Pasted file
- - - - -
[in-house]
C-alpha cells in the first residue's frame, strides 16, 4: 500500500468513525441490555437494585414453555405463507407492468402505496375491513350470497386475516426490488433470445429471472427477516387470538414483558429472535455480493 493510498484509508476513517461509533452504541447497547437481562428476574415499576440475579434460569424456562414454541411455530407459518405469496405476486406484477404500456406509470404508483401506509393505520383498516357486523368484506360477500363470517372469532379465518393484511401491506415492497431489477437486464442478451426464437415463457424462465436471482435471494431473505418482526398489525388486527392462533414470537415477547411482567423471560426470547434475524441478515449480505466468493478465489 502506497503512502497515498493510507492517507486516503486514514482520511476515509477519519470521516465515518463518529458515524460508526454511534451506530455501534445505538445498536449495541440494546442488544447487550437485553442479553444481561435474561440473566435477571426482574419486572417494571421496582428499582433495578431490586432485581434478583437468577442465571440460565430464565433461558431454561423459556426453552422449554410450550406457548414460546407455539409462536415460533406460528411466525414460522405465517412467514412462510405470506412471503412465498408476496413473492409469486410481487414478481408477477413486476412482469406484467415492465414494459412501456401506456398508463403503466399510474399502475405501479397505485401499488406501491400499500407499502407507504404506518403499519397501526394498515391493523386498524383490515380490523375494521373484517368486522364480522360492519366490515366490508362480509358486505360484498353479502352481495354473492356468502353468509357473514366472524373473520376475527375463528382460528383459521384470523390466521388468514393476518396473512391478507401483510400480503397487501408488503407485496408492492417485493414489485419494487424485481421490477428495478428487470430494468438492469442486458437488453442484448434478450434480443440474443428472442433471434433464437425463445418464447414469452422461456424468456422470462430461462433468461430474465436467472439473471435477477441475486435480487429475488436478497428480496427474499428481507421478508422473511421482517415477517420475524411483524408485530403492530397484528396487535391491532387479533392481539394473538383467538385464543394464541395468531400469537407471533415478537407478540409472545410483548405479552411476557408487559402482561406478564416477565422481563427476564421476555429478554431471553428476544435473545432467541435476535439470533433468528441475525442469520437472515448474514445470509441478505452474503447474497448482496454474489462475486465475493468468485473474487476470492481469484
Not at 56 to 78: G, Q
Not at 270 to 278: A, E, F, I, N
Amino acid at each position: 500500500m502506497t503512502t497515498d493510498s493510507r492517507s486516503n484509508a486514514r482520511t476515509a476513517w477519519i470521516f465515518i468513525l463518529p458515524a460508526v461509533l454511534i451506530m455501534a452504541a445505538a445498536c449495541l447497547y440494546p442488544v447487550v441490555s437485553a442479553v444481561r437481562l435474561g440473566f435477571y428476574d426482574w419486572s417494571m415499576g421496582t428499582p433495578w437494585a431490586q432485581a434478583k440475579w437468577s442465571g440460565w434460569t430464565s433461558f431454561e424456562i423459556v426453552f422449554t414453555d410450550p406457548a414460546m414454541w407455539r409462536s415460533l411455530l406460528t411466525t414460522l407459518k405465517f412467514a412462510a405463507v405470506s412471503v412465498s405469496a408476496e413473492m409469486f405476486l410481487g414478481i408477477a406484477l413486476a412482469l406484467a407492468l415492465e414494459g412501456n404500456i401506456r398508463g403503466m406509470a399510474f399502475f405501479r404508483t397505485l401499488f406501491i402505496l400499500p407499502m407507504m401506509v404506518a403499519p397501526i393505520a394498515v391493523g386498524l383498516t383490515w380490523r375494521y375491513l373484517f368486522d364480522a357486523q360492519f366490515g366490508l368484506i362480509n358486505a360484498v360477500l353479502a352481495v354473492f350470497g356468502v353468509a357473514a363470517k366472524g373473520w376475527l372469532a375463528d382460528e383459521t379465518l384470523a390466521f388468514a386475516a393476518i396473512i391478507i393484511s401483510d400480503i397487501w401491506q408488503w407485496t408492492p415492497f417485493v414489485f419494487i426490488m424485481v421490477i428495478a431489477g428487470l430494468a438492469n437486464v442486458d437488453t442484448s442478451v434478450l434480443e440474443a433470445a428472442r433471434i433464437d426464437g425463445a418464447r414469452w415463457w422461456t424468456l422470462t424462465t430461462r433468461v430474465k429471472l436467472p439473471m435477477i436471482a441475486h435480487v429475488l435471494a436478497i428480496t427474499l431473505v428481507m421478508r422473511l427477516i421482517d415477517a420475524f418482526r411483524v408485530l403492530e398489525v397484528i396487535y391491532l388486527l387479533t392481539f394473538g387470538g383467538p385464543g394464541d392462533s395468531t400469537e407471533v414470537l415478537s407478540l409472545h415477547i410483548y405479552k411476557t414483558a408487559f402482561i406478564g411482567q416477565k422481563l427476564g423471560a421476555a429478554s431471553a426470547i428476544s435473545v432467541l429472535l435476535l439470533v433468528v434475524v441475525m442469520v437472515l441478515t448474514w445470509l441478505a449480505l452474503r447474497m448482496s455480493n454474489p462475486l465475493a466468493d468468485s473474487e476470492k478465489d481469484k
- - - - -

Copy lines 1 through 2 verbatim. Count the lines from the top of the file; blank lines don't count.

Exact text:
[in-house]
C-alpha cells in the first residue's frame, strides 16, 4: 500500500468513525441490555437494585414453555405463507407492468402505496375491513350470497386475516426490488433470445429471472427477516387470538414483558429472535455480493 493510498484509508476513517461509533452504541447497547437481562428476574415499576440475579434460569424456562414454541411455530407459518405469496405476486406484477404500456406509470404508483401506509393505520383498516357486523368484506360477500363470517372469532379465518393484511401491506415492497431489477437486464442478451426464437415463457424462465436471482435471494431473505418482526398489525388486527392462533414470537415477547411482567423471560426470547434475524441478515449480505466468493478465489 502506497503512502497515498493510507492517507486516503486514514482520511476515509477519519470521516465515518463518529458515524460508526454511534451506530455501534445505538445498536449495541440494546442488544447487550437485553442479553444481561435474561440473566435477571426482574419486572417494571421496582428499582433495578431490586432485581434478583437468577442465571440460565430464565433461558431454561423459556426453552422449554410450550406457548414460546407455539409462536415460533406460528411466525414460522405465517412467514412462510405470506412471503412465498408476496413473492409469486410481487414478481408477477413486476412482469406484467415492465414494459412501456401506456398508463403503466399510474399502475405501479397505485401499488406501491400499500407499502407507504404506518403499519397501526394498515391493523386498524383490515380490523375494521373484517368486522364480522360492519366490515366490508362480509358486505360484498353479502352481495354473492356468502353468509357473514366472524373473520376475527375463528382460528383459521384470523390466521388468514393476518396473512391478507401483510400480503397487501408488503407485496408492492417485493414489485419494487424485481421490477428495478428487470430494468438492469442486458437488453442484448434478450434480443440474443428472442433471434433464437425463445418464447414469452422461456424468456422470462430461462433468461430474465436467472439473471435477477441475486435480487429475488436478497428480496427474499428481507421478508422473511421482517415477517420475524411483524408485530403492530397484528396487535391491532387479533392481539394473538383467538385464543394464541395468531400469537407471533415478537407478540409472545410483548405479552411476557408487559402482561406478564416477565422481563427476564421476555429478554431471553428476544435473545432467541435476535439470533433468528441475525442469520437472515448474514445470509441478505452474503447474497448482496454474489462475486465475493468468485473474487476470492481469484